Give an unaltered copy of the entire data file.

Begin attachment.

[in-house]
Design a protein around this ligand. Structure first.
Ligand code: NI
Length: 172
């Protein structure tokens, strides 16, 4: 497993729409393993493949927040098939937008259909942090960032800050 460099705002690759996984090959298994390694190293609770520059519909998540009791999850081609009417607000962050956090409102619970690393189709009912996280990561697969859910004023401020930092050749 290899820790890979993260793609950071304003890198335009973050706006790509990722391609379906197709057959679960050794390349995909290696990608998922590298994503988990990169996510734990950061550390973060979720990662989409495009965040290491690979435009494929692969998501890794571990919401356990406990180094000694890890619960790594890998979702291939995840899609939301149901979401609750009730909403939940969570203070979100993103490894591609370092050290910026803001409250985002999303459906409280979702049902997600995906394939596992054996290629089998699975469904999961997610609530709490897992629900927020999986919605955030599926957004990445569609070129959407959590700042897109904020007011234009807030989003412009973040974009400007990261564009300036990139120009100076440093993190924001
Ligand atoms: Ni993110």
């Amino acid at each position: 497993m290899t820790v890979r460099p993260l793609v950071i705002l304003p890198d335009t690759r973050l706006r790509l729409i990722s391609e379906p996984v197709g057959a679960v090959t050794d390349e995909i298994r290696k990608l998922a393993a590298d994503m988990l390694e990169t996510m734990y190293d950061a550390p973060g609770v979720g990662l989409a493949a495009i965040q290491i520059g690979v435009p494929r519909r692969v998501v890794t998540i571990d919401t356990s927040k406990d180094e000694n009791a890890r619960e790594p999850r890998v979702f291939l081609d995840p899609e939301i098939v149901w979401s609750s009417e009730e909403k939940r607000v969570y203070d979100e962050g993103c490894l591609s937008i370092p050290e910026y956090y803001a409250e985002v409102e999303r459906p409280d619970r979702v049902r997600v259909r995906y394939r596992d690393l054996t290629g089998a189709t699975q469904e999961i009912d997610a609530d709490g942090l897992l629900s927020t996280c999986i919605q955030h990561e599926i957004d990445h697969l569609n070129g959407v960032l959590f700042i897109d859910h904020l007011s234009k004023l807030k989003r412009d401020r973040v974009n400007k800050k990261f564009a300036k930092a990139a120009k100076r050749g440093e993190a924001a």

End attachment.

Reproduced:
[in-house]
Design a protein around this ligand. Structure first.
Ligand code: NI
Length: 172
């Protein structure tokens, strides 16, 4: 497993729409393993493949927040098939937008259909942090960032800050 460099705002690759996984090959298994390694190293609770520059519909998540009791999850081609009417607000962050956090409102619970690393189709009912996280990561697969859910004023401020930092050749 290899820790890979993260793609950071304003890198335009973050706006790509990722391609379906197709057959679960050794390349995909290696990608998922590298994503988990990169996510734990950061550390973060979720990662989409495009965040290491690979435009494929692969998501890794571990919401356990406990180094000694890890619960790594890998979702291939995840899609939301149901979401609750009730909403939940969570203070979100993103490894591609370092050290910026803001409250985002999303459906409280979702049902997600995906394939596992054996290629089998699975469904999961997610609530709490897992629900927020999986919605955030599926957004990445569609070129959407959590700042897109904020007011234009807030989003412009973040974009400007990261564009300036990139120009100076440093993190924001
Ligand atoms: Ni993110």
């Amino acid at each position: 497993m290899t820790v890979r460099p993260l793609v950071i705002l304003p890198d335009t690759r973050l706006r790509l729409i990722s391609e379906p996984v197709g057959a679960v090959t050794d390349e995909i298994r290696k990608l998922a393993a590298d994503m988990l390694e990169t996510m734990y190293d950061a550390p973060g609770v979720g990662l989409a493949a495009i965040q290491i520059g690979v435009p494929r519909r692969v998501v890794t998540i571990d919401t356990s927040k406990d180094e000694n009791a890890r619960e790594p999850r890998v979702f291939l081609d995840p899609e939301i098939v149901w979401s609750s009417e009730e909403k939940r607000v969570y203070d979100e962050g993103c490894l591609s937008i370092p050290e910026y956090y803001a409250e985002v409102e999303r459906p409280d619970r979702v049902r997600v259909r995906y394939r596992d690393l054996t290629g089998a189709t699975q469904e999961i009912d997610a609530d709490g942090l897992l629900s927020t996280c999986i919605q955030h990561e599926i957004d990445h697969l569609n070129g959407v960032l959590f700042i897109d859910h904020l007011s234009k004023l807030k989003r412009d401020r973040v974009n400007k800050k990261f564009a300036k930092a990139a120009k100076r050749g440093e993190a924001a």